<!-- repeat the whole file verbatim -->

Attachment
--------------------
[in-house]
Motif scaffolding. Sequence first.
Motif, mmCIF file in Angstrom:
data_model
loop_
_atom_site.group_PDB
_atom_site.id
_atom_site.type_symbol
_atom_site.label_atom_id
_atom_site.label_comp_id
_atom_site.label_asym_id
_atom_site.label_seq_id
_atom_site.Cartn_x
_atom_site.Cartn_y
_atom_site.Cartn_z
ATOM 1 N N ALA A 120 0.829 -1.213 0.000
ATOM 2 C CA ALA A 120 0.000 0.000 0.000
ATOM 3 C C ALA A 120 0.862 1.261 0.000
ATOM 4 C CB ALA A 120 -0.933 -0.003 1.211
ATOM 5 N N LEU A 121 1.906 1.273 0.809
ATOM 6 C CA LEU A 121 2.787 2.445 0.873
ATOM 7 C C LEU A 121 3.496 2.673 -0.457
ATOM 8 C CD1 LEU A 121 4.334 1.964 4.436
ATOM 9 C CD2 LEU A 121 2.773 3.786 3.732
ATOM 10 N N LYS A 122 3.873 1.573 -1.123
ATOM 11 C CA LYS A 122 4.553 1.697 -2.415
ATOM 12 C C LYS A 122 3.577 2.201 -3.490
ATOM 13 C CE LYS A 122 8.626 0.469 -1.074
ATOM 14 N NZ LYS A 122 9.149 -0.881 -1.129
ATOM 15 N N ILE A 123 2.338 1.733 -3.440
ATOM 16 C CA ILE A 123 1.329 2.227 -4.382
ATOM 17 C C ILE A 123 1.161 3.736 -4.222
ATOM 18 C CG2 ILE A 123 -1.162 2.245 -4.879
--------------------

[in-house]
Motif scaffolding. Sequence first.
Motif, mmCIF file in Angstrom:
data_model
loop_
_atom_site.group_PDB
_atom_site.id
_atom_site.type_symbol
_atom_site.label_atom_id
_atom_site.label_comp_id
_atom_site.label_asym_id
_atom_site.label_seq_id
_atom_site.Cartn_x
_atom_site.Cartn_y
_atom_site.Cartn_z
ATOM 1 N N ALA A 120 0.829 -1.213 0.000
ATOM 2 C CA ALA A 120 0.000 0.000 0.000
ATOM 3 C C ALA A 120 0.862 1.261 0.000
ATOM 4 C CB ALA A 120 -0.933 -0.003 1.211
ATOM 5 N N LEU A 121 1.906 1.273 0.809
ATOM 6 C CA LEU A 121 2.787 2.445 0.873
ATOM 7 C C LEU A 121 3.496 2.673 -0.457
ATOM 8 C CD1 LEU A 121 4.334 1.964 4.436
ATOM 9 C CD2 LEU A 121 2.773 3.786 3.732
ATOM 10 N N LYS A 122 3.873 1.573 -1.123
ATOM 11 C CA LYS A 122 4.553 1.697 -2.415
ATOM 12 C C LYS A 122 3.577 2.201 -3.490
ATOM 13 C CE LYS A 122 8.626 0.469 -1.074
ATOM 14 N NZ LYS A 122 9.149 -0.881 -1.129
ATOM 15 N N ILE A 123 2.338 1.733 -3.440
ATOM 16 C CA ILE A 123 1.329 2.227 -4.382
ATOM 17 C C ILE A 123 1.161 3.736 -4.222
ATOM 18 C CG2 ILE A 123 -1.162 2.245 -4.879